New IP Court set to start hearing cases in September


Taiwan is set to establish a specialist IP Court, which is expected to start hearing cases by September 2007. The procedure and organization of the court will be brought into effect by the implementation of the Examination Act for Intellectual Property Rights Cases and the Organization Act of Intellectual Property Rights Court.

The provisions of the Organization Act of Intellectual Property Rights Court can be summarized as follows:

  • The IP rights referred to under the act are those protected by the Patent Act, Trademark Act, Copyright Act, Optical Disk Regulations, Trade Secret Act, IC Layout Protection Act, Plant Variety & Seed Act, Fair Trade Act, plus other laws and Judicial Yuan directives. The IP Court will be the court of first instance and second instance for civil suits or the court of first instance for administrative suits involving these IP rights. As to criminal suits, the IP Court will be the appellate court, while the district court shall remain the court of first instance to ensure timely and efficient prosecution of counterfeiting cases. A corresponding Intellectual Property Rights Branch Office under the High Prosecutor's Office will also be set up.

  • IP Court judges may be selected from judges, prosecutors, lawyers, professors, researchers or examiners from relevant government offices with certain credentials. The IP Court will also institute the technical examination officer to assist in the collection and analysis of technical data and provide opinions on technical issues.

  • For protection of trade secrets, any parts of judgments that refer to any trade secrets cannot be disclosed to the public.

The provisions of the Examination Act for Intellectual Property Rights Cases can be summarized as follows:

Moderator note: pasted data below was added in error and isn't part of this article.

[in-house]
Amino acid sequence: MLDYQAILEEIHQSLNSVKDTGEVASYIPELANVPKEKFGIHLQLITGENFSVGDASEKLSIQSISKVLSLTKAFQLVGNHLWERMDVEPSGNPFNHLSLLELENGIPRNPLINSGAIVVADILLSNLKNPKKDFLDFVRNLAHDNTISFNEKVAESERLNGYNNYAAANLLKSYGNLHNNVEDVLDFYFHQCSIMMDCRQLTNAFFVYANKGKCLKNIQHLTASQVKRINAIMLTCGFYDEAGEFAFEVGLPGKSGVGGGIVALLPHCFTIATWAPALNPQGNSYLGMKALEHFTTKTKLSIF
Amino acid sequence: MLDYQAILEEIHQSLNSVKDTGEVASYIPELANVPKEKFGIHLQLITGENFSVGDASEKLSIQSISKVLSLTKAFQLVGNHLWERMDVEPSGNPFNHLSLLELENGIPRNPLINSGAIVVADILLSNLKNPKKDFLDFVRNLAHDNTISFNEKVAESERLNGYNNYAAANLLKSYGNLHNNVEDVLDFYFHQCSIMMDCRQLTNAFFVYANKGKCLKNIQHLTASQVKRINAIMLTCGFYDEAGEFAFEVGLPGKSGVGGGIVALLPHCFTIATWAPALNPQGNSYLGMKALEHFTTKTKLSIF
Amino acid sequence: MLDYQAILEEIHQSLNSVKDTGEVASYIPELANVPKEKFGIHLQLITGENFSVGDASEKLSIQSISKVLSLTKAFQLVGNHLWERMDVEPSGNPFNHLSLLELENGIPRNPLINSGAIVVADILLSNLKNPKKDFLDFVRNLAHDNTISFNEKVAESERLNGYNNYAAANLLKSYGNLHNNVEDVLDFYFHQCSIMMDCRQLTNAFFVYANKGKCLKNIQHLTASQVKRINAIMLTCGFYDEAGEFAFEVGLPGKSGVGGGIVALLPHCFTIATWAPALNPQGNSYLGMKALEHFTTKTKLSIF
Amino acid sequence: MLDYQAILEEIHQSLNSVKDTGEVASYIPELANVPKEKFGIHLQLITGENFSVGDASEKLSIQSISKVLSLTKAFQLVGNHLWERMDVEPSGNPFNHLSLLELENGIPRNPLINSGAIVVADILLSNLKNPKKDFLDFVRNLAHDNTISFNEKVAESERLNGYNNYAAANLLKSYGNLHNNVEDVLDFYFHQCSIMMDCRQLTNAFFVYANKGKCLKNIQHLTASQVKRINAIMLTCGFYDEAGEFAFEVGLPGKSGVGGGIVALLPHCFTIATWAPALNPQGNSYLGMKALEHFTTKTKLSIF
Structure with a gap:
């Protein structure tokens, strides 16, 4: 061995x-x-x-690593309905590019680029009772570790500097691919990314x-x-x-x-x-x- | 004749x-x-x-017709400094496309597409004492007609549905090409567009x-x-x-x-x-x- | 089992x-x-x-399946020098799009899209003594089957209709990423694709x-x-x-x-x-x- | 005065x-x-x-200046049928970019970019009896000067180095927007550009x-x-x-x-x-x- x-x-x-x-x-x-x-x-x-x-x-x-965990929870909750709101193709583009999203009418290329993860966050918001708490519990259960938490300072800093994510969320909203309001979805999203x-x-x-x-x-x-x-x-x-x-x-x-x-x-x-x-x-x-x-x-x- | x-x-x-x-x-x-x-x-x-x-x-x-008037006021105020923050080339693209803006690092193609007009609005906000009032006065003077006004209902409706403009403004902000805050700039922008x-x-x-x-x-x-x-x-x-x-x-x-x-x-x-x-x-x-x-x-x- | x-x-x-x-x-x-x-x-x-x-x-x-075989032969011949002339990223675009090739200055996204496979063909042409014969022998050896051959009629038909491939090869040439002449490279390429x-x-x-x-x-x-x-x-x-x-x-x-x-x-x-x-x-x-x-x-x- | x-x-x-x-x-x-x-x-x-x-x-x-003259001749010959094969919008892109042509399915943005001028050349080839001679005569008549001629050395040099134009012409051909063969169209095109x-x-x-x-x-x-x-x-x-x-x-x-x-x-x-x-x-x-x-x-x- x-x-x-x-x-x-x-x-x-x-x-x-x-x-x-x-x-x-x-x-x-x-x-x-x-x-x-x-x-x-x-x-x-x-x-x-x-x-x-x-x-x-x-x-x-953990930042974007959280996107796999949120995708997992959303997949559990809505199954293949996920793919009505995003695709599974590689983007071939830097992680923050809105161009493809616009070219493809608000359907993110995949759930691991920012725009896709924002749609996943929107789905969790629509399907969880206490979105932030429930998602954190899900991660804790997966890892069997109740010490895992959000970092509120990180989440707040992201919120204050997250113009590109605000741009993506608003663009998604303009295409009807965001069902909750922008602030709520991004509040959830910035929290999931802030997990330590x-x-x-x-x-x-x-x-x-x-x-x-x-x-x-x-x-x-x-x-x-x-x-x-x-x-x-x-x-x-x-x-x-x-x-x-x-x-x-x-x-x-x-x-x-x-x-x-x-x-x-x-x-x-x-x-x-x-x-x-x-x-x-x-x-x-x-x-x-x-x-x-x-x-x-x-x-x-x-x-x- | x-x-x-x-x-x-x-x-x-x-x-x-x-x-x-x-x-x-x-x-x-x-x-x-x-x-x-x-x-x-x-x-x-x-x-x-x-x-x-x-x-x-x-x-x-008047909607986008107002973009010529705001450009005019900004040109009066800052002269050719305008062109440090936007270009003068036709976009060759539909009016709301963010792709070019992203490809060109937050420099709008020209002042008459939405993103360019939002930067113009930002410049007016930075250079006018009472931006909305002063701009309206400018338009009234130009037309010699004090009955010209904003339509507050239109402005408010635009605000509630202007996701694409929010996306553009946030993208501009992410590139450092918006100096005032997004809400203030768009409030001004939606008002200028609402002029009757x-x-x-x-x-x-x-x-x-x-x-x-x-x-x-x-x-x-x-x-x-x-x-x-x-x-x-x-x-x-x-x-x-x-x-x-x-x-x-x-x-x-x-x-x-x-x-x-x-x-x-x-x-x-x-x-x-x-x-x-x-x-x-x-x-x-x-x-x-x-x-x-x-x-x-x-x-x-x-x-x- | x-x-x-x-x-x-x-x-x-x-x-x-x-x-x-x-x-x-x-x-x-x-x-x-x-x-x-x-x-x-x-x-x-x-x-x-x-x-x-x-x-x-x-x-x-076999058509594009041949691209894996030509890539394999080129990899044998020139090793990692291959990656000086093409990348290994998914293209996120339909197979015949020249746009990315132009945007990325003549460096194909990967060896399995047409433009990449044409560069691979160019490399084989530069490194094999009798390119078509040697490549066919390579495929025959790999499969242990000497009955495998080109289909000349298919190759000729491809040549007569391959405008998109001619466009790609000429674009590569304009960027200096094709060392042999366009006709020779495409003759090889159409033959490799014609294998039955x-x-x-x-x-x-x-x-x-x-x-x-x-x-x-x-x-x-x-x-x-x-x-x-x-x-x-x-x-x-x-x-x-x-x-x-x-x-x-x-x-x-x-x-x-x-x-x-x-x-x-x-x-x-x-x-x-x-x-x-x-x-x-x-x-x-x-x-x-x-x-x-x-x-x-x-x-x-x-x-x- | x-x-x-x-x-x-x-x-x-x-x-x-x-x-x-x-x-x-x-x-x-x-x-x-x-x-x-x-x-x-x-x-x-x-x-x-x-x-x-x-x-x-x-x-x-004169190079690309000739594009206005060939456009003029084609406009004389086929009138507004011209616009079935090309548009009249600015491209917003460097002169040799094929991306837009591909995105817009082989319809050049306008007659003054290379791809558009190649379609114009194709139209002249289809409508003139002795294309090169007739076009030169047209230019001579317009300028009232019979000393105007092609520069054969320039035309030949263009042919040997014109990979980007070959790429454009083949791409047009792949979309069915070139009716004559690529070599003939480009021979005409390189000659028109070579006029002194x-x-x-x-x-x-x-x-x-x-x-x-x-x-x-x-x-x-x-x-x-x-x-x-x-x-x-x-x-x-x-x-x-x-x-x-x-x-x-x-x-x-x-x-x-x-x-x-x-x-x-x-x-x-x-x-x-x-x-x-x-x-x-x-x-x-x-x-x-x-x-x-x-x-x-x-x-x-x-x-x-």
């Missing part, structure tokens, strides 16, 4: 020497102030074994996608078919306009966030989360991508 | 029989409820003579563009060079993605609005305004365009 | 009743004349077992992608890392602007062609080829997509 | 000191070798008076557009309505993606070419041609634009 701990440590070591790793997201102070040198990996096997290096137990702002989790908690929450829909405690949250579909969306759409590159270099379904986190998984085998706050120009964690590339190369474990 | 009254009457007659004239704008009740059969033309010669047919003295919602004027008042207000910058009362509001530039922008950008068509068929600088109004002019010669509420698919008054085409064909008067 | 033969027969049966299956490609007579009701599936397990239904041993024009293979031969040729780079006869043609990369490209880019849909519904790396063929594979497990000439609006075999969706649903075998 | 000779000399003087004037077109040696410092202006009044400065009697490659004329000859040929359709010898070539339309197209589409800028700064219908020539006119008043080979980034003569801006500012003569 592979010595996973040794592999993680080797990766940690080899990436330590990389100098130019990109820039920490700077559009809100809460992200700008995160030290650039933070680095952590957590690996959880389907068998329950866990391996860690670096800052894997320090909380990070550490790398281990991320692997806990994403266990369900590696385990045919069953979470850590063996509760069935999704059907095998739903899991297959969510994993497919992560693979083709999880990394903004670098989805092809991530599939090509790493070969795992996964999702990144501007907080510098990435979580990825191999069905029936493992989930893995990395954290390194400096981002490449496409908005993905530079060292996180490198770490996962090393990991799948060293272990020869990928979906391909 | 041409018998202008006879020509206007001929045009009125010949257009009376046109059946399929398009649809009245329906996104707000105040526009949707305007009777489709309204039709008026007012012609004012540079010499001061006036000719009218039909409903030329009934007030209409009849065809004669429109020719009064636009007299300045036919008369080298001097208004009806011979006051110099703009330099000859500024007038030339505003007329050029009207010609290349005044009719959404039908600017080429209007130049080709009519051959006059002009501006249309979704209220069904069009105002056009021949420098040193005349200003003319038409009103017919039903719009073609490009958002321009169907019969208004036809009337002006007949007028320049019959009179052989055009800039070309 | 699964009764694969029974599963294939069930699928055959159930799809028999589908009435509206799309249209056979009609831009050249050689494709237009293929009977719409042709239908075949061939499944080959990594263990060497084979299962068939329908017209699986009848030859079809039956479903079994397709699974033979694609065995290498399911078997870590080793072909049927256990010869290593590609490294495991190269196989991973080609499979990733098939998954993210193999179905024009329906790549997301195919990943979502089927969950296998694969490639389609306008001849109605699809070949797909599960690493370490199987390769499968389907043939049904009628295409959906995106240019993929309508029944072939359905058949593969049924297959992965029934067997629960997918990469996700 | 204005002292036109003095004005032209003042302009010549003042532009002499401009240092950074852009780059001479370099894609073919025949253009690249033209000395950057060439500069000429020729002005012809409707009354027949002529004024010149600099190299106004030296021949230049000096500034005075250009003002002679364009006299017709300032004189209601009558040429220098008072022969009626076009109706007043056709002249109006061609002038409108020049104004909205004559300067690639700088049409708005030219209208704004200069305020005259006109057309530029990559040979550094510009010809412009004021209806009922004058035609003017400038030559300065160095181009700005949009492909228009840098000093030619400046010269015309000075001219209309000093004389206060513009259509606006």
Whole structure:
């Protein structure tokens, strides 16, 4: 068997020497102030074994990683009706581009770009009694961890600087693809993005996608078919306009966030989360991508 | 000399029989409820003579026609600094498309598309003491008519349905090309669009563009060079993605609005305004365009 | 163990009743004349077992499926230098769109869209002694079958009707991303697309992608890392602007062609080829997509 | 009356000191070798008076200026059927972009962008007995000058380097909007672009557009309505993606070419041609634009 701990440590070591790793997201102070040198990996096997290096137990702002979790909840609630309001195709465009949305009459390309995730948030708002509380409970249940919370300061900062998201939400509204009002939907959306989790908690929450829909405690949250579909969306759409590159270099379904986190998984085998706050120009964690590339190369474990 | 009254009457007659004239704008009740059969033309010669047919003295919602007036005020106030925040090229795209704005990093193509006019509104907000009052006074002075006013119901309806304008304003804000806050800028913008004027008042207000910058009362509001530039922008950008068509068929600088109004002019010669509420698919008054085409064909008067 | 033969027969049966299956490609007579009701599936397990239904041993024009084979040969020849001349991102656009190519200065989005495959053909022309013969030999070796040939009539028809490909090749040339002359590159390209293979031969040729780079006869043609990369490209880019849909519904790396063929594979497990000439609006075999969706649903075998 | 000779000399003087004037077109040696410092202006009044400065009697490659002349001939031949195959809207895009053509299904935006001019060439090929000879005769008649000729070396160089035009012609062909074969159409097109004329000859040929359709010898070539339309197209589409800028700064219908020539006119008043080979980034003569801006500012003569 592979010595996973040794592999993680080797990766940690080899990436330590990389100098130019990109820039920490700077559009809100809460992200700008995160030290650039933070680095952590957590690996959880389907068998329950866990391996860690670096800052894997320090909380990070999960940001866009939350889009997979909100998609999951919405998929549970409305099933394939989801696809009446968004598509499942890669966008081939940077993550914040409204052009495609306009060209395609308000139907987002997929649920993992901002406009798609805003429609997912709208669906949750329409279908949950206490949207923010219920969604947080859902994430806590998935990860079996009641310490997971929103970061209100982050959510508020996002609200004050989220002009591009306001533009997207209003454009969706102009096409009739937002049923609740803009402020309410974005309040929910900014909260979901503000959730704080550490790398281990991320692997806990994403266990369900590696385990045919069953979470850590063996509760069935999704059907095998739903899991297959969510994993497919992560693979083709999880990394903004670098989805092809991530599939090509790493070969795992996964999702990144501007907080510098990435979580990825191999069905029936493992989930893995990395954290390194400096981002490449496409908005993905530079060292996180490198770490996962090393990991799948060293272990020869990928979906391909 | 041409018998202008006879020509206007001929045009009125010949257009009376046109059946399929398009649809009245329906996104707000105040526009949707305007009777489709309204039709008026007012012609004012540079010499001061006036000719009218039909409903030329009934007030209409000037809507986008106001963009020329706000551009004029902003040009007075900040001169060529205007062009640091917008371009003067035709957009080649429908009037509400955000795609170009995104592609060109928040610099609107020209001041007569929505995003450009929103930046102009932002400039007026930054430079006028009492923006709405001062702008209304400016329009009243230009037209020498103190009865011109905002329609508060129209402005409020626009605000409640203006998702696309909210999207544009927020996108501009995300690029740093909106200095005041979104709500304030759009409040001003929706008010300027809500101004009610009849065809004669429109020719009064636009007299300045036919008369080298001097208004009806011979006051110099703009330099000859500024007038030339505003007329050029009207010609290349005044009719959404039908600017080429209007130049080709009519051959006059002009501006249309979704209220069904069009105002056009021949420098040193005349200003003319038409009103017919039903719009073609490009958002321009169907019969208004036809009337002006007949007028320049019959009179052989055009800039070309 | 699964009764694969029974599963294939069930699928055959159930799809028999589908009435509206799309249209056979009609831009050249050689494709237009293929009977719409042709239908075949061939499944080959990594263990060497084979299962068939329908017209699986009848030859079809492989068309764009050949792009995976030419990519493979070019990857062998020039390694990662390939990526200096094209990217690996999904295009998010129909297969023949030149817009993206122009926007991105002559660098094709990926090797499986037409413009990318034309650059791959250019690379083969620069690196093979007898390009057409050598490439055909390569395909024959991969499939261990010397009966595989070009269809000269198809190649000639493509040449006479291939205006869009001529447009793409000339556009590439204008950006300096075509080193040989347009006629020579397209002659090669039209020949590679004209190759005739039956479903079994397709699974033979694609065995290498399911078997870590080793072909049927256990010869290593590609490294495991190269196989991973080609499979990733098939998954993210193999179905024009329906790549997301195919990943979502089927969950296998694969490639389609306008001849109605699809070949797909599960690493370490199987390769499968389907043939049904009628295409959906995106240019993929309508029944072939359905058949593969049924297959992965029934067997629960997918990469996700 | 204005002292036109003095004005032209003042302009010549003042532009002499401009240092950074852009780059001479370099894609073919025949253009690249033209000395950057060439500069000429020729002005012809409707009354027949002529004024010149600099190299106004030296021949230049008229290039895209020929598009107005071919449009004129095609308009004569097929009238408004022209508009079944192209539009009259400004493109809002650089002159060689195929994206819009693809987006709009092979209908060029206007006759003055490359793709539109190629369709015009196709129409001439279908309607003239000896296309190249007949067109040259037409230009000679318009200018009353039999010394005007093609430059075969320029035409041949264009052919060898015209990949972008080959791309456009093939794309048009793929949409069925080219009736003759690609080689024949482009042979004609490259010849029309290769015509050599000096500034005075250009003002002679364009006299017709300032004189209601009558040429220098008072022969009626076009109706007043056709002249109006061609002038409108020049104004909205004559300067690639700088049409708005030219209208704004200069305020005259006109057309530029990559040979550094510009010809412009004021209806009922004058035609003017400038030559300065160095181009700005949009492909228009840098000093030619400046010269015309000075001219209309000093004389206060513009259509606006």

• The act affords the IP Court jurisdiction over civil, criminal and administrative proceedings involving IP rights. Under the previous system, the tactics of attacking the validity of IP rights often worked to prolong the proceedings to enforce these rights. The civil and/or criminal courts handling infringement cases were often forced to suspend the proceedings on the fact that the validity of the IP rights concerned was challenged by separate administrative proceedings. The new IP Court, however, may also conduct examination on the validity of IP rights. The IP Court's judgment on a civil suit for the validity of IP rights binds only upon that civil suit itself. The cancellation or revocation of IP rights is still the authority of the Intellectual Property Office (IPO) and should be dealt with in different administrative proceedings. In addition, the IP Court may direct the IPO to intervene in the suit to attack or defend the validity of IP rights.

  • To assist judges, the technical examination officer may conduct inquiries and investigations and provide opinions in order to clarify the facts and facilitate the examination of the case.

  • To avoid the loss or concealment of evidence, the IP Court can verify, inspect and secure relevant documents. If the parties, without reasonable cause, refuse to obey the court's order, the court can take necessary action by force to secure the evidence.

  • Under the previous laws, a preliminary injunction, which might be easily obtained by placing bonds, was an often-used tactic in an IP rights case effectively to interfere with the marketing of the adversary's products. The new laws place the burden upon the petitioner to prove the necessity for preliminary injunctions by submission of evidence, which can be investigated immediately. The IP Court is obligated to hold a hearing for both parties to determine if a preliminary injunction is necessary for the prevention of major damages or immediate danger. Even if the IP Court believes that such action is necessary, a bond may also be required.

  • The protection of trade secrets during trial proceedings is also a concern addressed by the act. Upon application by an interested party, the IP Court may issue an order to maintain the secrecy of the trade secrets revealed in the trial. Based on the application or consent of the parties concerned, the IP Court may order the trial closed to the public. Any review, copying or photographing of the materials used in the litigation may also be restricted or forbidden.

The Judicial Yuan has set up a special taskforce to arrange the establishment of the IP Court. The draft of detailed rules for the Examination Act for Intellectual Property Rights Cases is on the way to being completed.

Kwan-Tao Li and Joseph S Yang, Lee and Li Attorneys at Law, Taipei

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